It is unfortunate that the government took so long. It is unfortunate that Mr. Chen had to go through this lengthy and costly legal process due to the ambiguity. I do not think the ambiguity has been clarified by what the government has introduced.

I hope the committee and its members will look at these concerns and that they will come up with a solution that provides clarity to the public, the police and the judiciary.

Citizen's Arrest and Self-defence Act
Government Orders

12:40 p.m.

Liberal

Joe Volpe Eglinton—Lawrence, ON

Mr. Speaker, I compliment my colleague on attempting to make the legislation relevant to the everyday experiences of ordinary citizens.

Mr. Chen was an ordinary citizen. He had the assurance of the Minister of Immigration that his situation would be rectified very quickly by the Government of Canada, or the SH government. He also had a similar assurance from the Parliamentary Secretary to the Minister of Justice.

By his own words, we have the Minister of Justice's account that in late 2009 the governments of the various provinces were already coming to a conclusion with regard to this and yet the government did nothing.

I wonder whether the member will comment on why it took two opposition bills in order to prompt the government to action?

Citizen's Arrest and Self-defence Act
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12:45 p.m.

Liberal

Yasmin Ratansi Don Valley East, ON

Mr. Speaker, the member's question brought me back to the fact that the Prime Minister went to Mr. Chen's store for electioneering purposes.

It was the member for Eglinton—Lawrence and the member for Trinity—Spadina who were the proponents of this private member's bill to move it forward.

I can only speculate that this was electioneering because if it was for the law and order agenda and I as a private citizen am not protected, it must be speculation time.

Citizen's Arrest and Self-defence Act
Government Orders

12:45 p.m.

Charleswood—St. James—Assiniboia
Manitoba

Conservative

Steven Fletcher Minister of State (Democratic Reform)

Mr. Speaker, I was listening with a little interest to what the member was saying and I reflect on her comment about the fact that the Conservative Party is tough on crime. We are tough on crime and that is why we have introduced this bill. This bill would take care of the people who wish to harm citizens or their property. We have introduced legislation to get rid of the three for one and two for one time served credits that criminals were taking advantage of. We have introduced laws that are tough on crime.

Would the member not just admit that the Liberal Party is soft on crime and would like to see as much leeway as possible given to the bad guys so they can escape prosecution? Would the member please state for the record that she is against prosecution?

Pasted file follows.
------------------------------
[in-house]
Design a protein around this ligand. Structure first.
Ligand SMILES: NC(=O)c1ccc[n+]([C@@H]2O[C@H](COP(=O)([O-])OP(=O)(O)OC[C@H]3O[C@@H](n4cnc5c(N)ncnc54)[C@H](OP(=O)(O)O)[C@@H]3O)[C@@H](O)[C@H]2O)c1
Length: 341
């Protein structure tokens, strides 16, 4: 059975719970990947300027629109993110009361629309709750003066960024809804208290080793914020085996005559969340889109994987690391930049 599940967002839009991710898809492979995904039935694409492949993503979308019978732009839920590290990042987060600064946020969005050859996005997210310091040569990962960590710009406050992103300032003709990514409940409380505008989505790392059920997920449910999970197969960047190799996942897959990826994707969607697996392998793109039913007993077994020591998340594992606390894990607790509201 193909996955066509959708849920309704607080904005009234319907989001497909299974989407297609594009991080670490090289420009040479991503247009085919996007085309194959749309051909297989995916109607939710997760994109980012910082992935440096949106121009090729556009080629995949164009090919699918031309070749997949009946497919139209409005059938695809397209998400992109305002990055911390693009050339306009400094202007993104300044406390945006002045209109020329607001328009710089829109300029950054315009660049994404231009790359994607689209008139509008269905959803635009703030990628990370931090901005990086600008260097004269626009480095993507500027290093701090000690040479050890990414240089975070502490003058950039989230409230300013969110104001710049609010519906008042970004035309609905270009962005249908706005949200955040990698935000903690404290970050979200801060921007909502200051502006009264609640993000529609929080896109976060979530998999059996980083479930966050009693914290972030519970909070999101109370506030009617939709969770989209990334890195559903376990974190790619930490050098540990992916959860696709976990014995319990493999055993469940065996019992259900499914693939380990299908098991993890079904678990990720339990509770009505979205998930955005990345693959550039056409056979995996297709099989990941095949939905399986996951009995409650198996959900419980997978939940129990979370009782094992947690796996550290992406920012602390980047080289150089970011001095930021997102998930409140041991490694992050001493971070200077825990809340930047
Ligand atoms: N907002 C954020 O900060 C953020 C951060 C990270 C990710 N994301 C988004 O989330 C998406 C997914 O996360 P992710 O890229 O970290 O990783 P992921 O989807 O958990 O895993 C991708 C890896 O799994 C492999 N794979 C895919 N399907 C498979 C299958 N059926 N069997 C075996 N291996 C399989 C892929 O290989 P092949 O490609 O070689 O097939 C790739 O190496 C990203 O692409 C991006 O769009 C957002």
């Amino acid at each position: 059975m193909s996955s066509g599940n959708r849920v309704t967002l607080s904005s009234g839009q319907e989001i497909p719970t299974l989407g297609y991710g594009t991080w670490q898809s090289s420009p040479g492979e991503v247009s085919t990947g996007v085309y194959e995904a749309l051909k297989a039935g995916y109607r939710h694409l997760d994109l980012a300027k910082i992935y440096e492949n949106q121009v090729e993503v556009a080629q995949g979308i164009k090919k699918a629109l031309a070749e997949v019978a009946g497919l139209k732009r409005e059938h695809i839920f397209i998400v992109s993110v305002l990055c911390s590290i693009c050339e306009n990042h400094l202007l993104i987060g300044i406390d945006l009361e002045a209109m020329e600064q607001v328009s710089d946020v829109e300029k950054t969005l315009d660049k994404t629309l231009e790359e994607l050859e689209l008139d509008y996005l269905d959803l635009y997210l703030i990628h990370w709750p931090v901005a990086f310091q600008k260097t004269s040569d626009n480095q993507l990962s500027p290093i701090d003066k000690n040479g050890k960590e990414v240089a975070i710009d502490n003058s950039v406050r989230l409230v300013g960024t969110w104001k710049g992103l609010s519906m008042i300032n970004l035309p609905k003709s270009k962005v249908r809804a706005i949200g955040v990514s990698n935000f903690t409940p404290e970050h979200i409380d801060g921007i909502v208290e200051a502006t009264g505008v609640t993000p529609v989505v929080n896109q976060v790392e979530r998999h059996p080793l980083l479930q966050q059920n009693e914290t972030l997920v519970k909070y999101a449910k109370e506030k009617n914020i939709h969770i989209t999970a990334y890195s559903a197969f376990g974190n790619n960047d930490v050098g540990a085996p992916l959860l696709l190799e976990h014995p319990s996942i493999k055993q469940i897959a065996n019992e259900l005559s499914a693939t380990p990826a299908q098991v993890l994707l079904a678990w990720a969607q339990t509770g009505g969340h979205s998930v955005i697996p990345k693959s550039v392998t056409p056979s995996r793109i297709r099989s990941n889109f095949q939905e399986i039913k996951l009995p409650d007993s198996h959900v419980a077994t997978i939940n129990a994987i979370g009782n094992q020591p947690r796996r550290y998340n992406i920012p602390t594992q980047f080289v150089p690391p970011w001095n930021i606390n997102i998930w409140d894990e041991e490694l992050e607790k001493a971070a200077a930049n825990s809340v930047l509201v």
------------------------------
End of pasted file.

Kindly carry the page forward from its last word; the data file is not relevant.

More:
Citizen's Arrest and Self-defence Act
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12:45 p.m.

Liberal

Yasmin Ratansi Don Valley East, ON

Mr. Speaker, I am quite amused by this. If there is a three for one credit, I have to wonder whether the senators who were charged with fraud in elections will be going to jail and what time they will serve.

When it comes to Conservatives committing a crime, why is it that the government absolutely refuses to put them in prison or ensures that due process takes place? Ordinary citizens who commit crimes are put wherever and the Conservatives think they are being tough on crime. But when it comes to the Conservative senators, members and ministers who are implicated in fraud in elections, where will they be going?

Citizen's Arrest and Self-defence Act
Government Orders

12:45 p.m.

Liberal

Joe Volpe Eglinton—Lawrence, ON

Mr. Speaker, the member opposite just raised a very important point, and that is that the SH government has no agenda for getting tough on crime. It does not have a reasonable approach to dealing with crime and promoting justice. In fact, there are no more resources being allocated for justice issues.

How can one be tough except by one's own wrath?

Citizen's Arrest and Self-defence Act
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12:45 p.m.

Liberal

Yasmin Ratansi Don Valley East, ON

Mr. Speaker, instead of investing in the police, who are underfunded and under-resourced, the government is creating mega prisons for unreported crimes. The government needs to invest in resources. The police need money, so let us invest in the right resources. Let us be smart on crime, not stupid on crime.

Citizen's Arrest and Self-defence Act
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12:45 p.m.

NDP

Don Davies Vancouver Kingsway, BC

Mr. Speaker, I am pleased to stand today to speak to Bill C-60, An Act to amend the Criminal Code (citizen's arrest and the defences of property and persons).

The New Democrats are happy to support the bill, at least insofar as it would expand the legal authority for private citizens to make an arrest within a reasonable amount of time after they find that person committing a criminal offence.

It is important to understand that the bill would do three things: first, it would extend the time period from the present Criminal Code situation in which a person may make a citizen's arrest; second, it would amend the defence of persons provisions of the Criminal Code; and, third, it would amend the defence of property provisions of the Criminal Code.

It is the New Democrat Party's position that the first part of the bill is an appropriate amendment to our law that our party supports. With respect to the other two sections, we believe that those sections should be split from the bill or otherwise studied independently in committee prior to making any changes in that regard.